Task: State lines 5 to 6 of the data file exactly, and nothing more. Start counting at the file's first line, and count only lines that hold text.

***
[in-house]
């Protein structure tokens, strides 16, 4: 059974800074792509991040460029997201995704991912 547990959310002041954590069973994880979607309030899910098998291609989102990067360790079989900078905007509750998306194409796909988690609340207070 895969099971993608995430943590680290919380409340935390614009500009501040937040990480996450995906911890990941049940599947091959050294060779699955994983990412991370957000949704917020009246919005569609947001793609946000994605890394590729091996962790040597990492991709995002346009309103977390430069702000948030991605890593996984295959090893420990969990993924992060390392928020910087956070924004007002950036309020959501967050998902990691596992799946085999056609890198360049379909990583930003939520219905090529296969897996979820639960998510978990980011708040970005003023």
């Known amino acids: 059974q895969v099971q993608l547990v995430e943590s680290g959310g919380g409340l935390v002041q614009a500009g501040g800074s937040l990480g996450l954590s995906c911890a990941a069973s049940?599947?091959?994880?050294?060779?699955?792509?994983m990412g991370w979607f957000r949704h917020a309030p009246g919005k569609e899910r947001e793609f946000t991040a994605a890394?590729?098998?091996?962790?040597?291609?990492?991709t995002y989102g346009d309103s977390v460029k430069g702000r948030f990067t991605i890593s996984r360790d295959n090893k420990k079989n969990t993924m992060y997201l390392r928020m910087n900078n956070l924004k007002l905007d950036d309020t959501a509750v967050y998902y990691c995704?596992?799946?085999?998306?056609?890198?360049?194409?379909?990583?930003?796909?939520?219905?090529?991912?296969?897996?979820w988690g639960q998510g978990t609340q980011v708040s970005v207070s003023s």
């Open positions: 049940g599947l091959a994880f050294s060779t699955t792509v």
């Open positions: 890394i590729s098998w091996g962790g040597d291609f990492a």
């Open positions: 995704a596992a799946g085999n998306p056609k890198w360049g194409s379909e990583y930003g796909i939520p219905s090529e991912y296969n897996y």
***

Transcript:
């Open positions: 890394i590729s098998w091996g962790g040597d291609f990492a």
């Open positions: 995704a596992a799946g085999n998306p056609k890198w360049g194409s379909e990583y930003g796909i939520p219905s090529e991912y296969n897996y």